The sharing economy isn’t a new concept. Many of you may have heard of several frameworks which exist to offer a mutual-benefit situation based on sharing. Couchsurfing is one, Trusted Housesitters is another, and food sharing apps such as Olio are becoming so mainstream now that it’s easy to forget that these are platforms based entirely on sharing. Platforms all providing an alternative lifestyle to the capitalism-based system that we’re used to. The art we consume has also been directly affected by platforms such as Patreon and Kickstarter (even this book is the product of Kickstarter).

Generation Share is written by Benita Martofska who has been head of global entrepreneurship for Enterprise UK, which, as she humorously puts it, ‘sounds like I was head of the world’. She’s also the founder of The People Who Share charity: a social enterprise that helps people discover the power of the sharing economy to transform lives. To deliver this book, she worked alongside Sophie Sheinwald, an award-winning visual storyteller. Together, they set out to interview over two-hundred people, whose wonderful ideas had transformed lives, over ten years.

As a further bonus, the book itself is made from waste materials and each copy sold will plant a tree in the Eden Reforestation project and educate a girl in Mumbai.

Three Takeaways

  1. A community based on the philosophy that sharing is possible
  2. It’s not limited by age, gender, or economic background
  3. The future of work is based on flexibility and collaboration

A Community Based on ‘Sharing Is Possible’

The Sharing Economy is a system to live by, where we care for people and planet and share available resources however we can.

This is a book where you’ll find yourself taking notes all the way through of the various systems in place that exist purely to help people access facilities around the world. I was particularly fond of the clothing library in Amsterdam. By borrowing clothes instead of buying them they’re reducing waste from fast fashion and providing access to clothes for everyone. Not least to support creative endeavours and those on a low income. This is just one example from hundreds of ideas that serve to benefit society in one way or another.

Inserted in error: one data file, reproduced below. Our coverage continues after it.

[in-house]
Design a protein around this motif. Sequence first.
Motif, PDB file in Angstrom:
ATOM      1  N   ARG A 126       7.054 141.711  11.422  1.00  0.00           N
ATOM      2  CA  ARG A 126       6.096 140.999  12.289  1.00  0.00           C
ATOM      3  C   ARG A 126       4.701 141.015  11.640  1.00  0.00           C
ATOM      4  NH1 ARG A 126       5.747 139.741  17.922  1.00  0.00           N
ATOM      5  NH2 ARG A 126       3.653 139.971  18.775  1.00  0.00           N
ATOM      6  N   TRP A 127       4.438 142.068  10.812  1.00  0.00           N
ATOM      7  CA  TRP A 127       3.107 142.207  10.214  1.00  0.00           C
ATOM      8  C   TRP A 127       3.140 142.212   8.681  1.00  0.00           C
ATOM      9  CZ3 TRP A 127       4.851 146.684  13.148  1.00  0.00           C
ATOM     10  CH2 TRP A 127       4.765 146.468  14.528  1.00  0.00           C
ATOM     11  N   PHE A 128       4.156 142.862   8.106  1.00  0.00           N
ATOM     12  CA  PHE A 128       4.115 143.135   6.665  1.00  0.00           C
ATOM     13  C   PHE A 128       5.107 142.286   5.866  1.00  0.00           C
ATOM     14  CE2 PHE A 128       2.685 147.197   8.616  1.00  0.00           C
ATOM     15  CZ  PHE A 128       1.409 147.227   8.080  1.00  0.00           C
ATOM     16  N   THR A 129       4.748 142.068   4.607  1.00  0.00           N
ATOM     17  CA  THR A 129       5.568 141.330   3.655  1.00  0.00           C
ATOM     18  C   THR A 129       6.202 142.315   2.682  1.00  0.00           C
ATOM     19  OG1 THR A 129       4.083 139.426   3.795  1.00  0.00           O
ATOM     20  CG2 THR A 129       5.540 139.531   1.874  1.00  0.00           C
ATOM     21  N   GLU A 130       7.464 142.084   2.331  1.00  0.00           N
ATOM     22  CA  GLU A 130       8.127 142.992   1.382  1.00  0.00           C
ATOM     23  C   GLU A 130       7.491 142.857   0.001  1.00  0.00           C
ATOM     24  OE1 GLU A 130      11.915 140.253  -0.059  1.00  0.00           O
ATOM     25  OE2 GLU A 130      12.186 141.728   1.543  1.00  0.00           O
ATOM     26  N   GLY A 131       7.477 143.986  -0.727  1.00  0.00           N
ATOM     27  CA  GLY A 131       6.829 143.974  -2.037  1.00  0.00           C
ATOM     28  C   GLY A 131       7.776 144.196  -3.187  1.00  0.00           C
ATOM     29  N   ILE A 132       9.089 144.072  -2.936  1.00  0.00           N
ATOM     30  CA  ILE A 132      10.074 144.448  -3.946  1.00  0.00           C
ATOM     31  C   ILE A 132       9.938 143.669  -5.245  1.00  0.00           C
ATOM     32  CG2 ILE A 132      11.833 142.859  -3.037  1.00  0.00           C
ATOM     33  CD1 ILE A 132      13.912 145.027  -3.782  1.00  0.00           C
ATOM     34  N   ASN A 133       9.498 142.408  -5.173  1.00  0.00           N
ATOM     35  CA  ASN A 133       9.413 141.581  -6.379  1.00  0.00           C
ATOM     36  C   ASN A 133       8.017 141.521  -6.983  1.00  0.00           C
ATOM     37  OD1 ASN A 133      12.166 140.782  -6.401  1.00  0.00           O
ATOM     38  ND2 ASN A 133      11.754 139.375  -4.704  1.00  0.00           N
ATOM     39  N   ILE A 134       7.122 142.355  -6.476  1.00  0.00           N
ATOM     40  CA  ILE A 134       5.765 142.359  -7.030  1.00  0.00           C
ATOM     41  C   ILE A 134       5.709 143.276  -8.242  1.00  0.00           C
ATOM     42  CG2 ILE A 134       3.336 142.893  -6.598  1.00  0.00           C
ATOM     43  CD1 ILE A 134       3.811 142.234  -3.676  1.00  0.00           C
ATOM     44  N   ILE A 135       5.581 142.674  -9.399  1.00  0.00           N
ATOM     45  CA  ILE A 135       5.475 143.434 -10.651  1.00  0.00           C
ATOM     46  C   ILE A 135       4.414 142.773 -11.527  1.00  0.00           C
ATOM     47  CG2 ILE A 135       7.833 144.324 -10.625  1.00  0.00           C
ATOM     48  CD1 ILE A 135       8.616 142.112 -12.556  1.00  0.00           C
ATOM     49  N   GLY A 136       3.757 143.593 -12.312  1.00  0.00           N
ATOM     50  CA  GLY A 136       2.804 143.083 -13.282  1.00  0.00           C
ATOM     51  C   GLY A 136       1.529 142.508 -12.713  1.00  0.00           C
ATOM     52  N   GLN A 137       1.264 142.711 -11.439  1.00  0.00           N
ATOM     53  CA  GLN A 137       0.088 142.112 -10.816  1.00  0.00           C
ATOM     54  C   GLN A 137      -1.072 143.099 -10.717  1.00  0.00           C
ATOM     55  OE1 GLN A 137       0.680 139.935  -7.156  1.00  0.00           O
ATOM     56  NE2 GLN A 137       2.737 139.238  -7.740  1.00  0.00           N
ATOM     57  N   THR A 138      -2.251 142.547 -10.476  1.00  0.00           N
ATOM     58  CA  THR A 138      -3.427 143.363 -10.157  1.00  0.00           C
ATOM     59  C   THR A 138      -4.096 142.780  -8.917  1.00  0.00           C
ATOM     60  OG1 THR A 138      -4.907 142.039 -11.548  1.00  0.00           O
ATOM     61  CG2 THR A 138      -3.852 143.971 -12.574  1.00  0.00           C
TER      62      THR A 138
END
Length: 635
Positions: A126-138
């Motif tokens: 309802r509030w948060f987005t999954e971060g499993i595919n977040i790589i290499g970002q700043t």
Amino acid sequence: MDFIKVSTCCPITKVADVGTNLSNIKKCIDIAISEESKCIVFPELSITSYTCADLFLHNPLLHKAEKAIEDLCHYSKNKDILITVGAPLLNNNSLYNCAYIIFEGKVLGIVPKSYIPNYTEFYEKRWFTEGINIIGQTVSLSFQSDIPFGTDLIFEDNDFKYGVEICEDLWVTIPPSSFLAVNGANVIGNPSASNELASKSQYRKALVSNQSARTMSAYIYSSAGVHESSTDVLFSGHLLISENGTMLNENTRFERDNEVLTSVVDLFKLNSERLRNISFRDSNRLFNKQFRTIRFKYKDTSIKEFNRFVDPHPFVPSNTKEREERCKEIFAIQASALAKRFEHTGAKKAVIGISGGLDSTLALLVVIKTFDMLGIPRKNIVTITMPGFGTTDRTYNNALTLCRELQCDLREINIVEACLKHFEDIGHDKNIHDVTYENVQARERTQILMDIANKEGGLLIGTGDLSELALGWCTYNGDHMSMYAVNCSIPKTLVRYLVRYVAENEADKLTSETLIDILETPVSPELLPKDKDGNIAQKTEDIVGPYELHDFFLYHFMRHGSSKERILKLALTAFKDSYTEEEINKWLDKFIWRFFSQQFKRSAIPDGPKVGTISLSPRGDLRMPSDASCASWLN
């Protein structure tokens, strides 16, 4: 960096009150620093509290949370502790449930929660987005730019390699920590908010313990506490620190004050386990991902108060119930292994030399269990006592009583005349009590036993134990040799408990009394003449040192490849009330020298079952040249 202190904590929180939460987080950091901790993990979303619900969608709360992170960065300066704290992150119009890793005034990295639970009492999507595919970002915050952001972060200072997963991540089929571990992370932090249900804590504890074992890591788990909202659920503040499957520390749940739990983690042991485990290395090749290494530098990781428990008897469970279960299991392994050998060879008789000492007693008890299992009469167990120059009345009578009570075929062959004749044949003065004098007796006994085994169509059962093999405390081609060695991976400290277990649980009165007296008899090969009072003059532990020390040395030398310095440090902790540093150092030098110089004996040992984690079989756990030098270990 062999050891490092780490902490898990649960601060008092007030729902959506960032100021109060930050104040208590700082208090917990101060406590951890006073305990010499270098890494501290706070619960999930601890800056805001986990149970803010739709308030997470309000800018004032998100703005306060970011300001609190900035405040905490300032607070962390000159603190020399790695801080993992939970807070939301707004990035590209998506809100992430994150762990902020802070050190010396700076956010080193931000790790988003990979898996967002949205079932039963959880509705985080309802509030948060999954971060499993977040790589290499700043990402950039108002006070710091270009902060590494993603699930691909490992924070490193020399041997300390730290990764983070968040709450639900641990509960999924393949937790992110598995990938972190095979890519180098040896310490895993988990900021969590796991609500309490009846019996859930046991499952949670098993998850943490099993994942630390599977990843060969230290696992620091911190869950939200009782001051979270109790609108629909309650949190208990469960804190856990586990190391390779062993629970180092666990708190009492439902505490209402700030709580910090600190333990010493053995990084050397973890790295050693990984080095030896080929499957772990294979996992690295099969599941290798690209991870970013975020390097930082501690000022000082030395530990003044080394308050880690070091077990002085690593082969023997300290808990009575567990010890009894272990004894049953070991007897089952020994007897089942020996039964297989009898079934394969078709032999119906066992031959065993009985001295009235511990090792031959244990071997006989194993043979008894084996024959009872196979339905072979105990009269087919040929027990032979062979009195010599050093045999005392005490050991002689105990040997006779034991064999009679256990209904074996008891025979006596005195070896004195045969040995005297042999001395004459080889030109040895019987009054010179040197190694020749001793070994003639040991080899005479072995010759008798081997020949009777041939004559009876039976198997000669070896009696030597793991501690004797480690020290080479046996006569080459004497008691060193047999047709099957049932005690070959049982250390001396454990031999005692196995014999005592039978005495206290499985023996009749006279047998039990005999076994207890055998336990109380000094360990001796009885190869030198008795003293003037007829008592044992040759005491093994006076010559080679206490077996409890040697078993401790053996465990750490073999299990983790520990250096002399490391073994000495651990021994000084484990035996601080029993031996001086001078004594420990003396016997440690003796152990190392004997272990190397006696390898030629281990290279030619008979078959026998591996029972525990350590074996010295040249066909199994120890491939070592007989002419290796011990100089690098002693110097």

The sharing economy is very much an umbrella term for many kinds of ventures, from swapping to borrowing, reusing to collaboration. However, it doesn’t mean money, or some other form of value-exchange, isn’t sometimes involved; it just has to mutually benefit all involved in a positive way.

Above all, we’re constantly reminded that the sharing economy can save lives.

40,000 people die each day because they don’t have access to food, shelter or water. The reality is we have enough to feed, house and sustain all of them if we can share our resources.

It’s not Limited by Age, Gender, or Economic Background

The sharing economy boomed after the financial crisis, driven initially by millennials but now 28% of the population engage in activities found under this bracket. And, as you’ll see in the book, it’s certainly not limited only to the millennial generation or to the bigger corporations like Uber or Airbnb. The Sharing Economy has very much appealed to a generation of people who would rather access then accumulate ‘stuff’ and want to help bring change, from youths to changemakers age 80+.

From ‘mumpreneurs’ to the UK startup Hearts Milk Bank, which is the first human breast milk bank in the UK to help the acute problem of milk shortage within hospitals.

It’s so easy to share milk – it’s probably easier than giving blood. My monthly bottles could feed a poorly baby for over two weeks

Mum, Jesse

There are startups created by the elderly and also those to support the elderly, like Oma’s Pop-up, which uses temporary restaurants to reintegrate isolated senior citizens or TrustonTap which connects self-employed care workers with older people who wish to live at home.

It’s very much a model that embraces all in an attempt to help all.

The Future of Work

Co-working and the digital nomad lifestyle are each becoming more and more mainstream with a rise of 250,000 people in the UK claiming to be digital nomads between 2005 -2018 and 4.8 million Americans also working remotely. This doesn’t even include the many more who have flexible working hours and locations.

Flexible, adaptable, collaborative: these are the skills that we need for the future.

Working in spaces that boost creativity, with natural light, and the chance to collaborate with people of diverse skill sets on a daily basis, are where some of the best ideas are born. In many ways, this new lifestyle is underpinned by the sharing economy as the resources needed for a good work lifestyle are now easily accessed by those who are choosing this alternative lifestyle. You’ll find an abundance of resources in this book suited to learning new skills and accessing work facilities in a non-traditional setting.

Conclusion

Whether you’re interested in embracing the sharing economy yourself, want be inspired by entrepreneurs around the world, or simply want to support a charity then Generation Share is an ideal book to pick up and explore the changemakers of the world.

Book cover, yellow with the words generation share

Get the book

Generation Share

by Benita Martofska and Sophie Sheinwald

Buy on Amazon

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